But even my journal suffered over the holidays. I just caught up this week--from 12 days behind. I'm lucky that I can remember things well enough to record details and points from conversations, with a little prompting from my calendar or emails from that day. I also finished the three essays I had to write for my graduate school application and read the autobiography to my writing group on Thursday (they loved it, phew!).

This week of illness has really been a blessing for me, because it reminded me how much I love to write and how much pleasure I can get from writing and being alone. When our days are full with activities and friends, we can't ground enough to get back into the groove. It takes the freedom of uninterrupted time to open up the channels that allow the thoughts and words to flow. I'm seeing that I'll need to be more protective of that time when I enter back into my routine next week (I hope I'm feeling better by then).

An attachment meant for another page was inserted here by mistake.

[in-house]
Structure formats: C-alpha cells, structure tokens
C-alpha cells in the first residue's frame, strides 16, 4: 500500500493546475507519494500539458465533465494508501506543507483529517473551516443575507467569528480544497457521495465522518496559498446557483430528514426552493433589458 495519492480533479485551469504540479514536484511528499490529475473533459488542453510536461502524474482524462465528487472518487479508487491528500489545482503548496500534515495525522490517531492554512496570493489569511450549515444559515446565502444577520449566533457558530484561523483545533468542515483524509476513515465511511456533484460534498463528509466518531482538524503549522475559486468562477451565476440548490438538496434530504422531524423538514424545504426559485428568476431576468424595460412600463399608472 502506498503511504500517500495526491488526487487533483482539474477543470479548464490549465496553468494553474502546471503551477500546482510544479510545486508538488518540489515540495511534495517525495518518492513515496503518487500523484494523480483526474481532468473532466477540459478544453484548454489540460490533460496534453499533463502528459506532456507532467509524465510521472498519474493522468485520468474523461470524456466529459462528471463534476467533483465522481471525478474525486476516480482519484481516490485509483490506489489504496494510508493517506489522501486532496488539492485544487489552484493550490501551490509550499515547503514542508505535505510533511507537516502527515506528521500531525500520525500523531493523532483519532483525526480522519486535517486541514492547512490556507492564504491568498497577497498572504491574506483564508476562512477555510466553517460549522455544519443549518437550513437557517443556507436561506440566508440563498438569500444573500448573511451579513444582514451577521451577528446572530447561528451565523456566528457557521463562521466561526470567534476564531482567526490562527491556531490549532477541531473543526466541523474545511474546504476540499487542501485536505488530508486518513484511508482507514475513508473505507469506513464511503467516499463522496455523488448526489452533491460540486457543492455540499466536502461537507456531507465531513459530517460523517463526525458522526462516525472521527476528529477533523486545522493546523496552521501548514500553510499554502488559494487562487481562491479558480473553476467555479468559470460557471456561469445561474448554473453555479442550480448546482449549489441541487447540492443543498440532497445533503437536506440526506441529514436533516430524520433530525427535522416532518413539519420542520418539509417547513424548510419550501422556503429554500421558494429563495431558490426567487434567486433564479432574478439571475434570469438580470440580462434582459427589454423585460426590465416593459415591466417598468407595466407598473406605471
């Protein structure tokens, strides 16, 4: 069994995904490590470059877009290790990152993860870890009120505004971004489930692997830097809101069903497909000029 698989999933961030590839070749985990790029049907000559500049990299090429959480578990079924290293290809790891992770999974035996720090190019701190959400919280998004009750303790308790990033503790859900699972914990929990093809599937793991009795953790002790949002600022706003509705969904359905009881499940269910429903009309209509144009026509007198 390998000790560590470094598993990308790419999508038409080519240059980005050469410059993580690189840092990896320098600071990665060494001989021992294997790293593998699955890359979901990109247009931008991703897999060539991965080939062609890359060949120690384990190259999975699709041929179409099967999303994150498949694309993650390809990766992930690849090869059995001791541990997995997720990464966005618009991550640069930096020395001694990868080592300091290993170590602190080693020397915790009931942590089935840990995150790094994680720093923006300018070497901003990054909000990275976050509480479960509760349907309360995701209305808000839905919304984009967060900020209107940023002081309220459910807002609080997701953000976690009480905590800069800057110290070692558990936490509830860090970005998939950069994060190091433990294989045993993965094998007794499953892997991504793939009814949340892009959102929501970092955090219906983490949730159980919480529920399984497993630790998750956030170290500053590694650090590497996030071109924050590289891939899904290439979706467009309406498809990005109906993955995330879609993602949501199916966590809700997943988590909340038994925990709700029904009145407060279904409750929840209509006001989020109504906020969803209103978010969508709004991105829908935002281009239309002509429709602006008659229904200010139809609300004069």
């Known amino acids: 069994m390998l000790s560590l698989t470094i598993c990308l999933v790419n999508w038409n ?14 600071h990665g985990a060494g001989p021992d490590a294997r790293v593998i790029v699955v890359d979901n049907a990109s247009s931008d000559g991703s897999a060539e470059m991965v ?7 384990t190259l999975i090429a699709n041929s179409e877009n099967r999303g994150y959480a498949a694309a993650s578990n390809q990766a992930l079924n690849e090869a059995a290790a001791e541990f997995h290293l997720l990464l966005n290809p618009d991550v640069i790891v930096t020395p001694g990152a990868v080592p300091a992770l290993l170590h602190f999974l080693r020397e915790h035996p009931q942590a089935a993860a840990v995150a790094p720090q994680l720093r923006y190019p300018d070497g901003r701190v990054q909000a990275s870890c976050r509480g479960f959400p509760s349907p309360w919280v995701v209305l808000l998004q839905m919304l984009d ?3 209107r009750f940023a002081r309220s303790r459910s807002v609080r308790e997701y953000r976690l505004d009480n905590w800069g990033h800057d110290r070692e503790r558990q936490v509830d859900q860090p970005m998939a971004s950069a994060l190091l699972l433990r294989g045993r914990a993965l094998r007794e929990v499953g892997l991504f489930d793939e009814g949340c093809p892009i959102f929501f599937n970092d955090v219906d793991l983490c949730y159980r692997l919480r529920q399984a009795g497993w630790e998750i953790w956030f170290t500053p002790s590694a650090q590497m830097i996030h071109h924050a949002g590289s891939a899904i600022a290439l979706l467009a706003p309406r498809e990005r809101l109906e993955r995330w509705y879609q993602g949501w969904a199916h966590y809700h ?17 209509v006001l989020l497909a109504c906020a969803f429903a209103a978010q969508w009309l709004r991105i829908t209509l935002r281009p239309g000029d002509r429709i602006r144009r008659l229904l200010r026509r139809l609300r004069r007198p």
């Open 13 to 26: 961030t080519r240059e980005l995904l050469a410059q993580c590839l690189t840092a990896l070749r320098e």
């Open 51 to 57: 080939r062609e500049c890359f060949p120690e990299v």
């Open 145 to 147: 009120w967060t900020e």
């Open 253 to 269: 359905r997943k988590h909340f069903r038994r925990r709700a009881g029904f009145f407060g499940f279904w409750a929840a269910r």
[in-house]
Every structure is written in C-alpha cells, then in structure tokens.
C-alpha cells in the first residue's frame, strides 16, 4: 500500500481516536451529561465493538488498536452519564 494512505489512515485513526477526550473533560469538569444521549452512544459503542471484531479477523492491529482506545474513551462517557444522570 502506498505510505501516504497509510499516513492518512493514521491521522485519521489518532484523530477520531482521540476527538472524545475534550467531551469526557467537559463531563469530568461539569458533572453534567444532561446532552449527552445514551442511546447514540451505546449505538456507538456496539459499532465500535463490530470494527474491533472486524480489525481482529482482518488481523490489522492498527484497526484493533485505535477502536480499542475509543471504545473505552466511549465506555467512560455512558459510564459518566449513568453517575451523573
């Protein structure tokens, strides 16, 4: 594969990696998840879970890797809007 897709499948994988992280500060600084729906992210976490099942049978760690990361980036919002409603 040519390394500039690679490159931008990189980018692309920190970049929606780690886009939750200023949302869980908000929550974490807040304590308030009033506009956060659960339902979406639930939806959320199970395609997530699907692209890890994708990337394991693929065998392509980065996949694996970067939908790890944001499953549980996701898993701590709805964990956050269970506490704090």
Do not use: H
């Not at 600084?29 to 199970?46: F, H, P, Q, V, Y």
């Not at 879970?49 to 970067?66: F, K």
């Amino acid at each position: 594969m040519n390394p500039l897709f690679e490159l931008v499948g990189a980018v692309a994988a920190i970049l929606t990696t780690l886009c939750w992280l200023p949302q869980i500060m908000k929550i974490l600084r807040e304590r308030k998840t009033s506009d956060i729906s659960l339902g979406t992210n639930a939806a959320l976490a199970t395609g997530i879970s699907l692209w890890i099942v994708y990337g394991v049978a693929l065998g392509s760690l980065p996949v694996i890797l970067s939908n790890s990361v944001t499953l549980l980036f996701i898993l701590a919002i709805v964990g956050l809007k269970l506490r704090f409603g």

Finding balance is the hardest thing for me to do. When I'm out in the world living, I can almost feel myself converting to an extrovert. I can easily be lured into endless socializing, because the alternative is sitting alone at home at my desk with hard work to do. When I do have the will to sit there and I get started on the projects, I remember who I really am and who I want to be. Not a dilettante, but an observer, recorder, and interpreter of the world. Yes, it often feels like a sacrifice to say no, I can't do that, I have to work, and with no real deadlines or structure it's hard to do that sometimes, especially since it's such an isolating occupation to begin with. But, that's the difference between the work that gets done and the work that doesn't. Thank you nasty virus for reminding me of that and for giving me the downtime to start writing again.